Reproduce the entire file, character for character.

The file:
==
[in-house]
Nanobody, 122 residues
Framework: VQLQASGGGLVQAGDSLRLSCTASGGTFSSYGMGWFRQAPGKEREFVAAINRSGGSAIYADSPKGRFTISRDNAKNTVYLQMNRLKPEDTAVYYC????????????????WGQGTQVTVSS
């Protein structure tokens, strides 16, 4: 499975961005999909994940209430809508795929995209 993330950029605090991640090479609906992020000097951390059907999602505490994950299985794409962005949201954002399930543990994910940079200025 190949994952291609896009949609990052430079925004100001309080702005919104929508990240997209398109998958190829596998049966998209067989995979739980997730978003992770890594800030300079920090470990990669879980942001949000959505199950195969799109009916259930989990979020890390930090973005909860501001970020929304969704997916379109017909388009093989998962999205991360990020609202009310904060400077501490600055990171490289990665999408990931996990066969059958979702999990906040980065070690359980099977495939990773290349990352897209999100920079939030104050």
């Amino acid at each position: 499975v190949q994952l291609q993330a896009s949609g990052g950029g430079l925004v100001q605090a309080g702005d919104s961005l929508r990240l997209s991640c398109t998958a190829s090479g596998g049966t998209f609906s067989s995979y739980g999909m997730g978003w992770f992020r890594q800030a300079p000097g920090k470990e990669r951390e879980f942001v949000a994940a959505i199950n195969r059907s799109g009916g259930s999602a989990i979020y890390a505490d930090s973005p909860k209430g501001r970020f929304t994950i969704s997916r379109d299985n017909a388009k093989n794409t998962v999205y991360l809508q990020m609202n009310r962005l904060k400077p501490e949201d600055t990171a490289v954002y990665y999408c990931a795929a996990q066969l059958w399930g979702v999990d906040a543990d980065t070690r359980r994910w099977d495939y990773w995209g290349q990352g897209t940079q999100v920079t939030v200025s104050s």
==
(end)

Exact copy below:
[in-house]
Nanobody, 122 residues
Framework: VQLQASGGGLVQAGDSLRLSCTASGGTFSSYGMGWFRQAPGKEREFVAAINRSGGSAIYADSPKGRFTISRDNAKNTVYLQMNRLKPEDTAVYYC????????????????WGQGTQVTVSS
């Protein structure tokens, strides 16, 4: 499975961005999909994940209430809508795929995209 993330950029605090991640090479609906992020000097951390059907999602505490994950299985794409962005949201954002399930543990994910940079200025 190949994952291609896009949609990052430079925004100001309080702005919104929508990240997209398109998958190829596998049966998209067989995979739980997730978003992770890594800030300079920090470990990669879980942001949000959505199950195969799109009916259930989990979020890390930090973005909860501001970020929304969704997916379109017909388009093989998962999205991360990020609202009310904060400077501490600055990171490289990665999408990931996990066969059958979702999990906040980065070690359980099977495939990773290349990352897209999100920079939030104050």
């Amino acid at each position: 499975v190949q994952l291609q993330a896009s949609g990052g950029g430079l925004v100001q605090a309080g702005d919104s961005l929508r990240l997209s991640c398109t998958a190829s090479g596998g049966t998209f609906s067989s995979y739980g999909m997730g978003w992770f992020r890594q800030a300079p000097g920090k470990e990669r951390e879980f942001v949000a994940a959505i199950n195969r059907s799109g009916g259930s999602a989990i979020y890390a505490d930090s973005p909860k209430g501001r970020f929304t994950i969704s997916r379109d299985n017909a388009k093989n794409t998962v999205y991360l809508q990020m609202n009310r962005l904060k400077p501490e949201d600055t990171a490289v954002y990665y999408c990931a795929a996990q066969l059958w399930g979702v999990d906040a543990d980065t070690r359980r994910w099977d495939y990773w995209g290349q990352g897209t940079q999100v920079t939030v200025s104050s």